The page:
The original series Klingons haven't aged at all well, at least the way the appear. In the clear light of HD, they have this unfortunate look of actors with a lot of black/brown makeup on with a few costume flourishes. Options were of course limited back then but when Trek made the move to bigger screens and budgets, the showrunners were smart to "update" the Klingons. Some have dinged this episode for having almost all its action confined to the existing Enterprise sets. I don't really see a problem with this. The episode works for this and playing this out on a cheap-looking planet set or the same old California location wouldn't have improved anything. The sword fights are pretty anemic but fight choreography has come a long way.
The HD effects and picture are of course very good again this time. The enhanced effects are welcome for the ship shots and planet effects.
Oh joy, a warming trend. It's 0 degrees outside, which is still cold enough to freeze the balls off of a brass monkey, and still has absolutely nothing to do with our current episode, which this time is "Day of the Dove."
Like "Spectre of the Gun," the budget constraints worked in favor of this episode. Since it was least expensive to film on the standing sets, almost all of "Day of the Dove" takes place on the Enterprise. Luckily, however, this is exactly what the story called for. It didn't seem at all contrived to me (which can often make the difference between a good episode and a lousy one). I also applaud the late Michael Ansara's portrayal of Kang, who is one of my favorite Klingons. He combined the warrior aggression and ruthlessness with nobility and dignity. Very nicely done and a good template for ST:TNG Klingons like Worf. (Geeky Note: A much older Kang appeared in the Star Trek: Deep Space Nine episode "Blood Oath" with William Campbell as Koloth and John Colicos as Kor. Great fun. If you haven't seen that episode, it comes highly recommended.) And I like the basic story: A powerful alien entity sets up a situation of continual, regenerative warfare and violence on the Enterprise in order to feed off of the negative emotions and actions of the Klingon and human crews. The implication that this entity has been responsible for some (or much) of humanity's bloody inhumanity is also interesting, if improbable.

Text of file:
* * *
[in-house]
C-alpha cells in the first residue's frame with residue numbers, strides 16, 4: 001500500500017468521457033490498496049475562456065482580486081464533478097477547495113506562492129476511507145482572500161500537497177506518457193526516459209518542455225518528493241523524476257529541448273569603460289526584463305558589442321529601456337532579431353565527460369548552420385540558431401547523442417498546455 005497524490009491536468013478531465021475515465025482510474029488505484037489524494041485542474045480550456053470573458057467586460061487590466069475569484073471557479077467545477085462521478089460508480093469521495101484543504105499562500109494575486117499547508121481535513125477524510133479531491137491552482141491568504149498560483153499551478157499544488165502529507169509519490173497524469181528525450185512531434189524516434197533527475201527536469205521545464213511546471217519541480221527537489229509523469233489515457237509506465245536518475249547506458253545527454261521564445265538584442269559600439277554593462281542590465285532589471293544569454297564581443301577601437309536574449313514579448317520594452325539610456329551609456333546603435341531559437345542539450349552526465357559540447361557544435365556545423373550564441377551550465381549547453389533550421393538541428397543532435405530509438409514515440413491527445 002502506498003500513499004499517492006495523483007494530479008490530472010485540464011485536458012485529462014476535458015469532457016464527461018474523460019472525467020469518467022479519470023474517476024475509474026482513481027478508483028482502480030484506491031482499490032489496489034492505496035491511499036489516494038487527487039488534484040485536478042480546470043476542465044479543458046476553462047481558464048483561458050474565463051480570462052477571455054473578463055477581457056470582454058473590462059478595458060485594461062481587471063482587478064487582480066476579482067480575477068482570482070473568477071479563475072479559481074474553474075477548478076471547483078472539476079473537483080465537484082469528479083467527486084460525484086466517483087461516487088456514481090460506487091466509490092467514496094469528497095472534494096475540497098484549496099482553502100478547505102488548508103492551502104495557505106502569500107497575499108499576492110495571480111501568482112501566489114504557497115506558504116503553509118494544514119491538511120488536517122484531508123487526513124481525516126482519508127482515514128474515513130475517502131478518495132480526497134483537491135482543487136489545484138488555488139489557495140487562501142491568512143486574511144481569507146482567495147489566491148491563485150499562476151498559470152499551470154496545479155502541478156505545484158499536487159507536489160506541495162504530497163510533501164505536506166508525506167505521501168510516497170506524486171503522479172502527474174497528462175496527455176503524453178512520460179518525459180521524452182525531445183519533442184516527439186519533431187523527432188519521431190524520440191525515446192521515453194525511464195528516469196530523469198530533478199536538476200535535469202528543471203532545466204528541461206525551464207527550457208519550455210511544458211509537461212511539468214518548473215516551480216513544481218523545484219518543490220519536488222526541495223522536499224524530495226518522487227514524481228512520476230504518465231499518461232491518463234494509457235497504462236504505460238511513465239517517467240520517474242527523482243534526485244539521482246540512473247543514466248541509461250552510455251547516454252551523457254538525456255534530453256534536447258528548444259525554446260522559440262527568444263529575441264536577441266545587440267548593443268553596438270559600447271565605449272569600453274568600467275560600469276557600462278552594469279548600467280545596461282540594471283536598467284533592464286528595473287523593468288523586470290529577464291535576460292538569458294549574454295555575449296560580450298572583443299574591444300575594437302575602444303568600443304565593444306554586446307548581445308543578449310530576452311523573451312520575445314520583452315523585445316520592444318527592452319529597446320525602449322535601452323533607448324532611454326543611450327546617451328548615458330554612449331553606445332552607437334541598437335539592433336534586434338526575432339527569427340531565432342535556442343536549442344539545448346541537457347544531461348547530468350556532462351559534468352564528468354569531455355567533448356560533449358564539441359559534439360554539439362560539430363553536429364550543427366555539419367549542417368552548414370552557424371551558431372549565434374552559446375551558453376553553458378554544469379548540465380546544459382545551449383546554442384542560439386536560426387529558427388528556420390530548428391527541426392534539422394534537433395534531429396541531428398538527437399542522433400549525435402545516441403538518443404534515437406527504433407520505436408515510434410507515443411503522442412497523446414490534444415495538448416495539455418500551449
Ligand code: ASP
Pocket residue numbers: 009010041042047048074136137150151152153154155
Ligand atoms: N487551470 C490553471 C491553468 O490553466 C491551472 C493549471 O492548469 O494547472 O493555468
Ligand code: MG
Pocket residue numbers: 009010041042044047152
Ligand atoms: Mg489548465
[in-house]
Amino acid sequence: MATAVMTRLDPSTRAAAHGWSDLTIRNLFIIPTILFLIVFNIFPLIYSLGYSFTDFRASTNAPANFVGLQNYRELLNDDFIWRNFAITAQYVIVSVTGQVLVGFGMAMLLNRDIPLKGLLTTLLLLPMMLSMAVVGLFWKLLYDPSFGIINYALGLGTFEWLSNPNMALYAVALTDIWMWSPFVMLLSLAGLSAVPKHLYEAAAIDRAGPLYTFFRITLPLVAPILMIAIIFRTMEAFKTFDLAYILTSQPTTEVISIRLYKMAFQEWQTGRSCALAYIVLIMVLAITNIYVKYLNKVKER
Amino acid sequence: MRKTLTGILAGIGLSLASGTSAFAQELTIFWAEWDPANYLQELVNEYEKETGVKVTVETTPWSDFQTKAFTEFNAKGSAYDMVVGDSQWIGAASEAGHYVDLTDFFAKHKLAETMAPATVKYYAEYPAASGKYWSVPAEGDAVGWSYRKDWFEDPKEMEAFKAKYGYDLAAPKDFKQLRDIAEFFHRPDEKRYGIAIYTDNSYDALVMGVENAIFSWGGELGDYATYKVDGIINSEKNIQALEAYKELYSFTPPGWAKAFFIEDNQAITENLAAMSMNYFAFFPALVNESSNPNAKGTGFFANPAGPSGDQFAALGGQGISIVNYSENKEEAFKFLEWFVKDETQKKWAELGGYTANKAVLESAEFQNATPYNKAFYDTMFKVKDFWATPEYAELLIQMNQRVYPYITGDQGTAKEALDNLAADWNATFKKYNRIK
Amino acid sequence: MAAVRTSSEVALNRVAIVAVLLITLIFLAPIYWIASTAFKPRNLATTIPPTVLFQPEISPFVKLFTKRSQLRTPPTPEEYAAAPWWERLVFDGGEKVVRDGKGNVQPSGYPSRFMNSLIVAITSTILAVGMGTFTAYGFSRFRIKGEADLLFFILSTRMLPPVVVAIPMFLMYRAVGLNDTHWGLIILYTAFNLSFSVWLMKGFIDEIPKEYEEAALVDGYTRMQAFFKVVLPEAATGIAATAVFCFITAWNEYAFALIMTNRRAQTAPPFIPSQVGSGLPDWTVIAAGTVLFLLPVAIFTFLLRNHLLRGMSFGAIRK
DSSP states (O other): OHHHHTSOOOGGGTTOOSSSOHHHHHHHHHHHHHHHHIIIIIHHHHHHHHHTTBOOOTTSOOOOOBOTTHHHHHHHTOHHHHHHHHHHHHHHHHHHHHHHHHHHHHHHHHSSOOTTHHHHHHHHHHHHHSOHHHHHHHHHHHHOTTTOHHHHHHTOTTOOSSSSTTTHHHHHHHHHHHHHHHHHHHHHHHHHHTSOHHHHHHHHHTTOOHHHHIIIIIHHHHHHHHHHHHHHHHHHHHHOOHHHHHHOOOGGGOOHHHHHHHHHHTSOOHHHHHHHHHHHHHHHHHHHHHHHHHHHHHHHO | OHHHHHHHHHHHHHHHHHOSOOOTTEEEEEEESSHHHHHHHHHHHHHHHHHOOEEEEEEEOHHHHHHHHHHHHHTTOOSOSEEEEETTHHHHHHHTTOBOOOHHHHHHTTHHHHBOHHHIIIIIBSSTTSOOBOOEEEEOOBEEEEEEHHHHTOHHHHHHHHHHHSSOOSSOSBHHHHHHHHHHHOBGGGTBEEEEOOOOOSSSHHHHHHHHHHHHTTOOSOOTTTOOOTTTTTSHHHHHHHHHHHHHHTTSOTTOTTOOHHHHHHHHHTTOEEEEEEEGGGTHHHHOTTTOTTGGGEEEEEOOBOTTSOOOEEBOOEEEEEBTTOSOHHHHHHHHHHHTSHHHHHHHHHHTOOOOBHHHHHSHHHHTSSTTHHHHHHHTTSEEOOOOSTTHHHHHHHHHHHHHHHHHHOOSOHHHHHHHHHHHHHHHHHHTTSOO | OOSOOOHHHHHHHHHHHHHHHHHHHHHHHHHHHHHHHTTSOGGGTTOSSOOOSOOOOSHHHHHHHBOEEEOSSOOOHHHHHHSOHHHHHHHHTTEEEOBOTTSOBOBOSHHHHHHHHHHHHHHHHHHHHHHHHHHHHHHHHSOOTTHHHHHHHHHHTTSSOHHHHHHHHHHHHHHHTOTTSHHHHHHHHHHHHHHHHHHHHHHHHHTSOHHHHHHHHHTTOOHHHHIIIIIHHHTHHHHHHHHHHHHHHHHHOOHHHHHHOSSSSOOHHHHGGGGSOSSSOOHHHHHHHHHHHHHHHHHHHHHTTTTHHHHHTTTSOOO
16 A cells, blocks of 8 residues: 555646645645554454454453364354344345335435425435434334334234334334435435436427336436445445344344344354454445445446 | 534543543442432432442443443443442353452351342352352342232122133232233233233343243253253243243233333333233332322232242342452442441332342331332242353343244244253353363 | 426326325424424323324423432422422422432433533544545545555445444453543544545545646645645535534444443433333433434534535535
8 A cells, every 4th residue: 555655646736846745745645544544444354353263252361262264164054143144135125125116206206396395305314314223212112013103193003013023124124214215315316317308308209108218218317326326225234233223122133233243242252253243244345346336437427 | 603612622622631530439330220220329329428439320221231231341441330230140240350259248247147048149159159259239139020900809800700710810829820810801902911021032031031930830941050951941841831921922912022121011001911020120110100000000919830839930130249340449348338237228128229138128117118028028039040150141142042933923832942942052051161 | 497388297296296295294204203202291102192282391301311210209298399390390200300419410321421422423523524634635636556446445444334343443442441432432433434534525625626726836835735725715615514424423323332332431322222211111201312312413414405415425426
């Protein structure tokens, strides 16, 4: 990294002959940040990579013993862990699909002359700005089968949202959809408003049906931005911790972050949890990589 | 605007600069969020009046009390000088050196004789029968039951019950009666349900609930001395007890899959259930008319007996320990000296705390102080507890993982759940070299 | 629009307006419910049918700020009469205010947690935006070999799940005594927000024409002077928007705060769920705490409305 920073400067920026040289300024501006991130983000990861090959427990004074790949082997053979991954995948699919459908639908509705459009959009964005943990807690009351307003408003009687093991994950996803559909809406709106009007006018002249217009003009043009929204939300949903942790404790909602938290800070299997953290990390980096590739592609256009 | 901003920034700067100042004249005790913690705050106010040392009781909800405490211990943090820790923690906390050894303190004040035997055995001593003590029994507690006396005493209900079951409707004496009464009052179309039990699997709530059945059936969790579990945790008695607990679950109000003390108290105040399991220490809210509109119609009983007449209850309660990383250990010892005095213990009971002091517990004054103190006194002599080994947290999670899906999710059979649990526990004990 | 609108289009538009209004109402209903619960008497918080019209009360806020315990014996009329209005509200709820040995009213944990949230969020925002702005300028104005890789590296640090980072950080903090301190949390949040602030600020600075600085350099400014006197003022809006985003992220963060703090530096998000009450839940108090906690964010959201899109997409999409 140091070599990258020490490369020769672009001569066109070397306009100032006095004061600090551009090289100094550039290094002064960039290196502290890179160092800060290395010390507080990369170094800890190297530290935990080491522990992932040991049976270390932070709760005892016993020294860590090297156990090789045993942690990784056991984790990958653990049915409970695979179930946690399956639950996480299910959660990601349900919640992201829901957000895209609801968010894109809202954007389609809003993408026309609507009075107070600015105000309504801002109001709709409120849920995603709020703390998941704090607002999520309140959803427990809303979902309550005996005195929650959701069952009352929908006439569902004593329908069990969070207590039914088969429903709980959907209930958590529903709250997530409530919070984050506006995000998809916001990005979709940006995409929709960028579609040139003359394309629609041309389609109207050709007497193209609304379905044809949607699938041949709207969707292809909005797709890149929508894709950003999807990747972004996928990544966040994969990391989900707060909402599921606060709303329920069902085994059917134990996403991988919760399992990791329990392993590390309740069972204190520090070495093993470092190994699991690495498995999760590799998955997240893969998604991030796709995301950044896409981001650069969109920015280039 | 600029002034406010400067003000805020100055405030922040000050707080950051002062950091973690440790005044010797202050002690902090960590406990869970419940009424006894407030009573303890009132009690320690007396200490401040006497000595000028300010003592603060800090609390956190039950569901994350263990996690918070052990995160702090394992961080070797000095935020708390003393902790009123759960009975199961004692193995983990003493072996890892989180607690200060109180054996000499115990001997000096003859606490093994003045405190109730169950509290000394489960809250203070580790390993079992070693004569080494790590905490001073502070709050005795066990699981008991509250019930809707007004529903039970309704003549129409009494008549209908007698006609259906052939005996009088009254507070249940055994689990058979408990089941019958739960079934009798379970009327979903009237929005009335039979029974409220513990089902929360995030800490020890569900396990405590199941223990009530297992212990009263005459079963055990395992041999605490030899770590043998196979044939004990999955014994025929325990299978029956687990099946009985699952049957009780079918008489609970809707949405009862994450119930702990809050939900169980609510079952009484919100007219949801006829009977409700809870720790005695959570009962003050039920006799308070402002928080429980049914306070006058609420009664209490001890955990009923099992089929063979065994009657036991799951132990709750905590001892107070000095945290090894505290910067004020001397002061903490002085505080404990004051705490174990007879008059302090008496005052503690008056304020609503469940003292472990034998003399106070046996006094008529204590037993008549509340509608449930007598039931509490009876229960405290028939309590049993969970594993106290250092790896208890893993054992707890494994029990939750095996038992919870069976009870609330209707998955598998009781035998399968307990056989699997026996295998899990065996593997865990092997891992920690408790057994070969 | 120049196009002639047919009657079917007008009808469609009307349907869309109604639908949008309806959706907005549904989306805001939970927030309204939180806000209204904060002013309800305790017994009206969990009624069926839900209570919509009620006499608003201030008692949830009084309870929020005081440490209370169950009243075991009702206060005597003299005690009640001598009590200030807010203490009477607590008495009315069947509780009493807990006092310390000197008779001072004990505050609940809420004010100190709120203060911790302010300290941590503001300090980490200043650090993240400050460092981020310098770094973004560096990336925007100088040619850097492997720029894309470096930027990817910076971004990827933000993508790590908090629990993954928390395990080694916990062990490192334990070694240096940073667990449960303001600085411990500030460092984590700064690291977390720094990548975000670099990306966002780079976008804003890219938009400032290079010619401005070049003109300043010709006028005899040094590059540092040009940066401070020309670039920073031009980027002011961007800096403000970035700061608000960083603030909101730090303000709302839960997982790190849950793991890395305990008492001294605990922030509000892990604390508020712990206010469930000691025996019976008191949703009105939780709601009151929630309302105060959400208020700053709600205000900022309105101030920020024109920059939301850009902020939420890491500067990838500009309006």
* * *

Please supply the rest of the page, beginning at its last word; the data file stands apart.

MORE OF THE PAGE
Despite the fact that I enjoy the story, the swirly, multicolored entity bears too strong a resemblance (at least in terms of nature and function) to Redjac from the second season episode "Wolf in the Fold." In addition, the fight scenes look staged, especially by the standards of the later Trek shows. Klingons are vicious warriors, but they don't look or act like it in "Day of the Dove." And finally, what happened to the Organian Peace Treaty that was established in the first season in "Errand of Mercy?!" One would think that the Organians would have taken notice and put an end to the battle given their enormous power and obvious determination to prevent the Federation and the Klingon Empire from fighting. Evidently, whoever was in charge of continuity was asleep at the switch.
In spite of these flaws, "Day of the Dove" still stands out as one of the better third season episodes. Although I'm not sure whether that's saying a great deal or very little...
Next time: "For the World is Hollow and I Have Touched the Sky"